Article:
Biscuit Monster visits the UK with John Oliver



And whatever you do, don’t ask for a napkin to clean up after you’ve eaten…

Why not?

It’s fairly common for napkin outside of the US to be understood to mean ‘sanitary napkin’ as in the women’s health item. The alternative in the UK specifically is ‘serviette’ to refer to the hand and face cleaning piece of cloth or paper. I think this distinction is probably falling more and more by the wayside however.


I work with older adults in New Zealand and those aged over 75 or so (at least the women) can use “napkin” to refer to infant cloth nappies (diapers for you American’s).

Well I’ve lived in the UK my entire life and have only ever heard napkin and serviette being used completely interchangeably.


Granted, I’m not the target market for them but I think “sanitary towel” is possibly the more common term in the UK? And napkins - usually cloth, serviettes - usually paper?

What Cookie Monster eats is, and to my knowledge has always been, referred to as a cookie in the UK. Cookies are simply one of many different foodstuffs know as a biscuit.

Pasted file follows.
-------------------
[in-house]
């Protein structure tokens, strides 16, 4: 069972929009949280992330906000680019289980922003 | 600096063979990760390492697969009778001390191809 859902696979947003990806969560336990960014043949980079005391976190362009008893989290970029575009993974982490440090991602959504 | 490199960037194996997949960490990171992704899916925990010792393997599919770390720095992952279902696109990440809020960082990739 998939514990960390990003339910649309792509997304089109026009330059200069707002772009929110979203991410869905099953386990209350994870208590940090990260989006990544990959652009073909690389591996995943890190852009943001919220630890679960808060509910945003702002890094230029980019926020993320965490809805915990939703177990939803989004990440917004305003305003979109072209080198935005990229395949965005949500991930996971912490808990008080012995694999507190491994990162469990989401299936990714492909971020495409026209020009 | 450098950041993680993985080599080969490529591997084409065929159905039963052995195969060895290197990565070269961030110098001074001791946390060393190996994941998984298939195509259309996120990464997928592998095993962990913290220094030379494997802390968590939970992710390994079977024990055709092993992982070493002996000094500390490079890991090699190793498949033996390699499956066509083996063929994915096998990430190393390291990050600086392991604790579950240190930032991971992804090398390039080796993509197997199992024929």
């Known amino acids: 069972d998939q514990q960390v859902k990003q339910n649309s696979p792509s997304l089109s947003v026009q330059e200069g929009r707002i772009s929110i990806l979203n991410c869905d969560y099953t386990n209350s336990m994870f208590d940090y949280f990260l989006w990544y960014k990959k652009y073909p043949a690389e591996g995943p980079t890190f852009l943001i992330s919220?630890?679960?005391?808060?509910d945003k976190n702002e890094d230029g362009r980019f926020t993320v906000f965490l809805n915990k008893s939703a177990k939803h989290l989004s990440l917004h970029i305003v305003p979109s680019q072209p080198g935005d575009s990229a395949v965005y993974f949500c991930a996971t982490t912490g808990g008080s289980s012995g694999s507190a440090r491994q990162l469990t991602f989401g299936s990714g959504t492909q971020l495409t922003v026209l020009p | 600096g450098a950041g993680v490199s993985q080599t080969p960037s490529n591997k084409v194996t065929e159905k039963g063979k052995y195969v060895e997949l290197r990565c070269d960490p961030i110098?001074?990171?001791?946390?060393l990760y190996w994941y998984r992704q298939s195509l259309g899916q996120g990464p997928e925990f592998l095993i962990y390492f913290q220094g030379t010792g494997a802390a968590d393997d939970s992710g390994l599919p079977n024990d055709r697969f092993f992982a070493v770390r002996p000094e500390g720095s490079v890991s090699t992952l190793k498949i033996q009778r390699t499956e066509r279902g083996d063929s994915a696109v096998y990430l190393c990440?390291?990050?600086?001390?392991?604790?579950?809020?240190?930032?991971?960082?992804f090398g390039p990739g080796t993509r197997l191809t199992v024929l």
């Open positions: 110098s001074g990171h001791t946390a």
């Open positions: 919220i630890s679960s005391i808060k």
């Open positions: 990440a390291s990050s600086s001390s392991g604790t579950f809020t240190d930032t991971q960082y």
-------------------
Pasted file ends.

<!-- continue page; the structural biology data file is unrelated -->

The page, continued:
The “little t” gag seems much better suited to Fozzy than cookie monster. Of course, when I was a kid watching sesame street back in the 90s, they the muppets never seemed to crack jokes or say anything punny.

Although, I’m pretty sure it’s more likely that most of their humor managed to whoosh over my head. The family says I was a precocious child, but I think I just didn’t let on that I was didn’t understand more than half of anything that people told me.

As with many things in the UK, napkin/serviette is a term that allows for subtle distinctions in social “class” (not to be confused with actual economic class).
Using the term serviette will mark you out as an upwardly-mobile middle class person who wants to be seen to use “polite” terms (Think Hyacinth Bucket and you’d be spot on), whereas napkin is happily used by both working class and upper class people, the former because they don’t feel the need to use “fancy” terminology to distinguish themselves from working class people, the latter because they don’t need to use such terminology to distinguish themselves from working class people (But also sometimes to distinguish themselves from the sort of people who say “serviette”).

Hey, I didn’t say it was going to make sense.


How very Non-U.

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I was told by my home economics teacher many years ago, that biscuit is a legally-defined term, and they must all be of the exact same weight and size, whereas cookies can be more irregular. Whether this is true, or just shit she made up, I dunno (FWIW, this was during the teacher’s strike of the 80s, and she was an NAS/UWT scab, so maybe don’t trust her).

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